On lower powered cars especially, you can gain some "simulation value" by changing "false" to "true" in both values, I've noticed that this lets my tyres clip through the ground organically, but exaggerated, as if it is turning visual tyre deformation fully on. Perhaps the beamspring values we reduced earlier are taking its toll here. Not much is known but super fun to play with, seems to give me better tyre feel and overall motion but I suspect it will break your car with more powerful machines.

    Edit: Experiemental Methods Update Feb 6th 7am:
    Problem: Mclaren snap oversteer due to disconnected feeling with the car with minimal steering, now catching the controlled snap oversteer, it instantly snaps harder in the other direction upon catching it, as if the car suddenly has no swaybars installed.

    Solution example: Front tyre file:


    //periphery beams mainly control longitudinal stiffness of the tire, the higher the values, the higher the peak grip, but can have more abrupt loss of traction
    {"wheelPeripheryBeamSpring":191544.687500,"wheelPeripheryBeamDamp":17.956434},

    Above, This previous values I used on the mclaren 650s were wrong for me for this edit, and the rear tyre was in the low 20s, The problem for me was the rear would snap harder into opposite oversteer after I countersteered the first snap. My solution, idea was to increase front end stiffness in such a layered way that the rear is always being tested 'primed' by the front behaviour, so that when the car unloads it's not such a big shock to the balance, I simply made the Damp a little less than it's supposed to be while bumping both up to this(more in line with the rear tyre values):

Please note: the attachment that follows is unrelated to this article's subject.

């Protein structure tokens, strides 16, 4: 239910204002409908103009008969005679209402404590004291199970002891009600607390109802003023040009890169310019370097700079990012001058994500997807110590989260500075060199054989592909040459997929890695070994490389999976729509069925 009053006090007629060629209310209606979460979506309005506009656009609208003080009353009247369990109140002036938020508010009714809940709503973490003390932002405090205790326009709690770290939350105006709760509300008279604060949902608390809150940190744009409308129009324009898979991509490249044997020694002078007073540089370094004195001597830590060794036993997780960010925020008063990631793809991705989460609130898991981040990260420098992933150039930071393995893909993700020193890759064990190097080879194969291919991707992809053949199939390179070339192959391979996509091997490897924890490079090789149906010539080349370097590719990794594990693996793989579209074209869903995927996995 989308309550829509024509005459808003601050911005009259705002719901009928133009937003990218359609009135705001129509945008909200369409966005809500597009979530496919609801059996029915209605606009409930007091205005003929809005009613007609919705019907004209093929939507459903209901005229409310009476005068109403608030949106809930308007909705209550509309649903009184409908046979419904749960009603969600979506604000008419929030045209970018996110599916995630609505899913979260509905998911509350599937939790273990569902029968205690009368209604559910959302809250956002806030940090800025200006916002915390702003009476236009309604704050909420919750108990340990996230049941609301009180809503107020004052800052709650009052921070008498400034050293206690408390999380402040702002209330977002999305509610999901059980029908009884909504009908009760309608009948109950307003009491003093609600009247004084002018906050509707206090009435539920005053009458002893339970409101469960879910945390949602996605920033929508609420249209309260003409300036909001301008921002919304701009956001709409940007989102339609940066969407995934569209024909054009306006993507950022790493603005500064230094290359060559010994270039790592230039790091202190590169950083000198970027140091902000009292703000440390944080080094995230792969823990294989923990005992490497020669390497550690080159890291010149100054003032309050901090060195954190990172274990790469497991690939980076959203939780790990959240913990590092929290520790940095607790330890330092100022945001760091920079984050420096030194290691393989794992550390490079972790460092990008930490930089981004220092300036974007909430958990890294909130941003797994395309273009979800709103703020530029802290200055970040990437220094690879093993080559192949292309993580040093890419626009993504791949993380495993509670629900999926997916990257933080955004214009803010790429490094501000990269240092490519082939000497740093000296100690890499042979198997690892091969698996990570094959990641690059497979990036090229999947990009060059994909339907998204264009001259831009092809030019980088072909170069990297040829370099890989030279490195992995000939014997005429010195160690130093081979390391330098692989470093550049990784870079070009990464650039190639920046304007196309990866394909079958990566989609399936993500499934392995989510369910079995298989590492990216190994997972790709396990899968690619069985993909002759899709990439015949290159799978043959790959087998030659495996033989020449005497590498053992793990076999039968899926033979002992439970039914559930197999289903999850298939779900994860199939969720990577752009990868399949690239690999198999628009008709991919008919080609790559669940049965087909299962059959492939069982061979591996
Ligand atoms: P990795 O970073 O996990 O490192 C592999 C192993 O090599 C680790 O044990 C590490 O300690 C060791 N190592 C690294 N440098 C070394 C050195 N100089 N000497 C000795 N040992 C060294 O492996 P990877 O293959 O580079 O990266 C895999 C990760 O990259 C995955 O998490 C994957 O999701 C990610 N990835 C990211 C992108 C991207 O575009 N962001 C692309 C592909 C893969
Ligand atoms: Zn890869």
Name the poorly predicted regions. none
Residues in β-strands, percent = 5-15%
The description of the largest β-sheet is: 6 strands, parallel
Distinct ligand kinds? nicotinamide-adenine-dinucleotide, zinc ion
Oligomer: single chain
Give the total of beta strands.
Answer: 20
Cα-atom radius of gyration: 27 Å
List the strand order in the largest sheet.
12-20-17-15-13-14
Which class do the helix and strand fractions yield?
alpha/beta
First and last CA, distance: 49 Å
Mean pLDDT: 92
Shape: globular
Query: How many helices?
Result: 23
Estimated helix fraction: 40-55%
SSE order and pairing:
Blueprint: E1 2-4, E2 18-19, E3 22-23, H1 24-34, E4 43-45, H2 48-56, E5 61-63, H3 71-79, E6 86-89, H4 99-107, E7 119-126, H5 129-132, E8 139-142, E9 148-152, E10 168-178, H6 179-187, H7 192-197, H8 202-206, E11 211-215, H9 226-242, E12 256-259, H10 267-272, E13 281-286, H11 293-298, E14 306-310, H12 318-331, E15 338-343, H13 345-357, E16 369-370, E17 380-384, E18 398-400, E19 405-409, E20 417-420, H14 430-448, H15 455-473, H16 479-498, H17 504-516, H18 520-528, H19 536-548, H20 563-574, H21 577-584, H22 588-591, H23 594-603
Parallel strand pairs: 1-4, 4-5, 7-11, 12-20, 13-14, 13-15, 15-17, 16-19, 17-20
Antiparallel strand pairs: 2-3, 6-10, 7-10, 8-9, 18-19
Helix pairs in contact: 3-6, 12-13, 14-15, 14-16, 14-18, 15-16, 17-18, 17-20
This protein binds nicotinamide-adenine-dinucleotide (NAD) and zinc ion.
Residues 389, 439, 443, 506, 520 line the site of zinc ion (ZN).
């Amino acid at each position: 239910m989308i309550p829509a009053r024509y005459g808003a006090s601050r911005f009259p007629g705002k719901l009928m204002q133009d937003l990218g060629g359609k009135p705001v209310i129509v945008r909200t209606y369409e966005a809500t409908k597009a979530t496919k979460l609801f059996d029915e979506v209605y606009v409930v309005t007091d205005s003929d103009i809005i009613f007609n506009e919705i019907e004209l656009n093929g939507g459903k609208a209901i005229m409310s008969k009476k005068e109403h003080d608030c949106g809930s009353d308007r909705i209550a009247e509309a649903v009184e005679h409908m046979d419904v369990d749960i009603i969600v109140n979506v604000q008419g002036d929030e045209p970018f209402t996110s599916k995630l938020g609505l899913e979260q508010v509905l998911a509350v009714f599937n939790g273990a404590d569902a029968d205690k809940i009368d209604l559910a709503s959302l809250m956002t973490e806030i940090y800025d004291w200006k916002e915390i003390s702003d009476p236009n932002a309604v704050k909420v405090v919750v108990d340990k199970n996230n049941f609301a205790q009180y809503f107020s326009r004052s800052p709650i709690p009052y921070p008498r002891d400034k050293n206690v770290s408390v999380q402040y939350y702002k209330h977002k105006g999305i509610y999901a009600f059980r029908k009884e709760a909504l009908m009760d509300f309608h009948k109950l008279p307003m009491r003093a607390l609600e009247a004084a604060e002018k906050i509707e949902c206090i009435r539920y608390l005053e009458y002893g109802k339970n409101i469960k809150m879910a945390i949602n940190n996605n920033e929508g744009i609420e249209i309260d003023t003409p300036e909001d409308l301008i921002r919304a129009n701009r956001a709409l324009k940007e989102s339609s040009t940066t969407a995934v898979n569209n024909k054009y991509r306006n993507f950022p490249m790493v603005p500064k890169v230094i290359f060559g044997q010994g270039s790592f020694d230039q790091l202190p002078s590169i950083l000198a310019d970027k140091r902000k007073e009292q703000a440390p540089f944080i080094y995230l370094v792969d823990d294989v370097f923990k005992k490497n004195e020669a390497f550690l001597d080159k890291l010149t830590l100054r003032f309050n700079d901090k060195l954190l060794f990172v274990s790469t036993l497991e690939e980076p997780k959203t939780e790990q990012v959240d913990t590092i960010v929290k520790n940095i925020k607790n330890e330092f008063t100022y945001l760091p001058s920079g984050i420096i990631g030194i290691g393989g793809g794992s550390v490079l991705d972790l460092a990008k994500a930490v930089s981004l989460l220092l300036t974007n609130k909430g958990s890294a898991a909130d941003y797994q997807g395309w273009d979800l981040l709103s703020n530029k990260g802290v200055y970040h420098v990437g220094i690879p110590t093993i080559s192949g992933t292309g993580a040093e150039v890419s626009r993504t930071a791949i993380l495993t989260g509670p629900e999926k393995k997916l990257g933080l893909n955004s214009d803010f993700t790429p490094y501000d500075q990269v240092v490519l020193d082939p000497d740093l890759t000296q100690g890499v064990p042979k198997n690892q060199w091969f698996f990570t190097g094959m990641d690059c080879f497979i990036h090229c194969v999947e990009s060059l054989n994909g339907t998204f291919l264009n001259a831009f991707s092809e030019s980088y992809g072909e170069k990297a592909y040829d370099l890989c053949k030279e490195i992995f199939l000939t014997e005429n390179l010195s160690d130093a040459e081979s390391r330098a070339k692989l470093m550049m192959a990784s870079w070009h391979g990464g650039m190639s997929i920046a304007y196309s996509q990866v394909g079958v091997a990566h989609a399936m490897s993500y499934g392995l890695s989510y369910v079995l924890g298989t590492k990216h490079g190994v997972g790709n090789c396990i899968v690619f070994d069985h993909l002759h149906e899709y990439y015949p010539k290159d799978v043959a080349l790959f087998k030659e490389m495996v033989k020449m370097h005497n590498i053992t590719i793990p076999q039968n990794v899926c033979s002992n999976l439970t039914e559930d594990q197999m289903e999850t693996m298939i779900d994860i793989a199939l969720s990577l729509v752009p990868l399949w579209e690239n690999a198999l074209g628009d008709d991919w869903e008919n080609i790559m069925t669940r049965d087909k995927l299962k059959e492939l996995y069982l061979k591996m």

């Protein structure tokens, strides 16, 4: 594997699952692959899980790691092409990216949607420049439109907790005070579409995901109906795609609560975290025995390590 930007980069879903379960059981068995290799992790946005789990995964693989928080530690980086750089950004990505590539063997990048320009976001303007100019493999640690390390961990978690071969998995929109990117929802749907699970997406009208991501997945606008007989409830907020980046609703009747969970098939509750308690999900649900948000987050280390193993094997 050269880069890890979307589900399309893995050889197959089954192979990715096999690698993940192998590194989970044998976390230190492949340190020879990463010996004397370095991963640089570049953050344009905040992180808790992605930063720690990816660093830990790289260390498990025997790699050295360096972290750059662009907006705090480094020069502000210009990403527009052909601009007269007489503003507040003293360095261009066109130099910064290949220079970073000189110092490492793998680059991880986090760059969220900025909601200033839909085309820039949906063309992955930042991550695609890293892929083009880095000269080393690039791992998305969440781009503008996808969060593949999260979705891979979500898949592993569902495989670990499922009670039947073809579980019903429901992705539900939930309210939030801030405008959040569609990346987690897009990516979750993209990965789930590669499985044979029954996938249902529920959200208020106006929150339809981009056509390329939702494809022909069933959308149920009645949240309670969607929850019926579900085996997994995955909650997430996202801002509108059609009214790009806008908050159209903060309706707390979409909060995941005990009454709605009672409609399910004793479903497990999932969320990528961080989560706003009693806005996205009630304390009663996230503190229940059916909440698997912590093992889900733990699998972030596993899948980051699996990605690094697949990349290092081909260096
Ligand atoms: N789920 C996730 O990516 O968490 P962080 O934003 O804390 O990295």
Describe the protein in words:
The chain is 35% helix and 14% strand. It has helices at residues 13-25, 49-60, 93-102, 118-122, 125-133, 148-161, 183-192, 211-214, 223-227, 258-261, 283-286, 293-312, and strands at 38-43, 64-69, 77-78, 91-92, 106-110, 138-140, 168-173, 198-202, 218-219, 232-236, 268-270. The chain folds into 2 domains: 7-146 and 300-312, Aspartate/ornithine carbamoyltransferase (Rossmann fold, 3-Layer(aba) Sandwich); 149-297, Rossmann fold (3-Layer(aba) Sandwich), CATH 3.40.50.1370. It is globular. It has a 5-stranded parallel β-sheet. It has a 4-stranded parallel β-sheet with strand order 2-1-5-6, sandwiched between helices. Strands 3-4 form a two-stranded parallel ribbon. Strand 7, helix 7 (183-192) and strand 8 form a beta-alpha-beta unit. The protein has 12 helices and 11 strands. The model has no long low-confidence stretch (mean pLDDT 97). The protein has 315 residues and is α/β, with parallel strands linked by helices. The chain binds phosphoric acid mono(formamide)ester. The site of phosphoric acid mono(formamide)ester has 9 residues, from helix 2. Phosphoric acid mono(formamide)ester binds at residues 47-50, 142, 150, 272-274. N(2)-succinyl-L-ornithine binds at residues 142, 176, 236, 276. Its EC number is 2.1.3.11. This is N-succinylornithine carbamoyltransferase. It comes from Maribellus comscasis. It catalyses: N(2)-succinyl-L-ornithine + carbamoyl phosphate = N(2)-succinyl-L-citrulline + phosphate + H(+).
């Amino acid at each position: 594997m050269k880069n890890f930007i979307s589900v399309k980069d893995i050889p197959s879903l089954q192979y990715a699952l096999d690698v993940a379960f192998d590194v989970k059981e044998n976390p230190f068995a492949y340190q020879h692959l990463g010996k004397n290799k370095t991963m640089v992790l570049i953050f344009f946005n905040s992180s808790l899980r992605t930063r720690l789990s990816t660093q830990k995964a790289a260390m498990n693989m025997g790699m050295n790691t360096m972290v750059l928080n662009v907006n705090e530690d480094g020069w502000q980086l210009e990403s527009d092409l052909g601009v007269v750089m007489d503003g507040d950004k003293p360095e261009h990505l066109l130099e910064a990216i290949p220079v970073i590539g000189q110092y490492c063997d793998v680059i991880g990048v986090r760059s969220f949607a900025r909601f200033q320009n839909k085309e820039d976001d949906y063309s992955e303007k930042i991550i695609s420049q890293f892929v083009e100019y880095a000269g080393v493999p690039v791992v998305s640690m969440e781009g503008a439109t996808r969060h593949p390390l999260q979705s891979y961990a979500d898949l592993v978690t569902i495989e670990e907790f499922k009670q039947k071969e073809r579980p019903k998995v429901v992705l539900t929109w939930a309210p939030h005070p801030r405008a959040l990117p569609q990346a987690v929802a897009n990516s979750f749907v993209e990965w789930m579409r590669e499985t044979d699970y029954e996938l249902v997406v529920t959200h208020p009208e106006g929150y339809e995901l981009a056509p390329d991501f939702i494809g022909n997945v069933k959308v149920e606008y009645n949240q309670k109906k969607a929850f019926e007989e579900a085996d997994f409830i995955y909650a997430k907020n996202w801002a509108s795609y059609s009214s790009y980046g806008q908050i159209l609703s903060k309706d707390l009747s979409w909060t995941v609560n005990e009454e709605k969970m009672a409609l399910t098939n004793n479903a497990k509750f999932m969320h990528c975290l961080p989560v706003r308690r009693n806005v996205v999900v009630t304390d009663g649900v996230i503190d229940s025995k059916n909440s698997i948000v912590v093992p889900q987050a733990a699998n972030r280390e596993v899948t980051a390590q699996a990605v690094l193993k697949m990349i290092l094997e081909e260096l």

//periphery beams mainly control longitudinal stiffness of the tire, the higher the values, the higher the peak grip, but can have more abrupt loss of traction
    {"wheelPeripheryBeamSpring":231544.687500,"wheelPeripheryBeamDamp":20.956434},

    Now the car handles so much more realistically across the board while improved control, it's amazing how simple changes can make the difference. Like the missing puzzle piece.
     
    #4 G-Farce, Jan 24, 2020
    Last edited: Feb 5, 2020
  5. Kevin97

    Kevin97
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    Hi, we appreciated your work. It certainly reduces the time during the production of a model.
     
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  6. G-Farce

    G-Farce
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    Fantastic. This is great to know others are finding it useful. Hopefully more people are willing to try things outside the box and in future!
     
  7. l5o2k1s

    l5o2k1s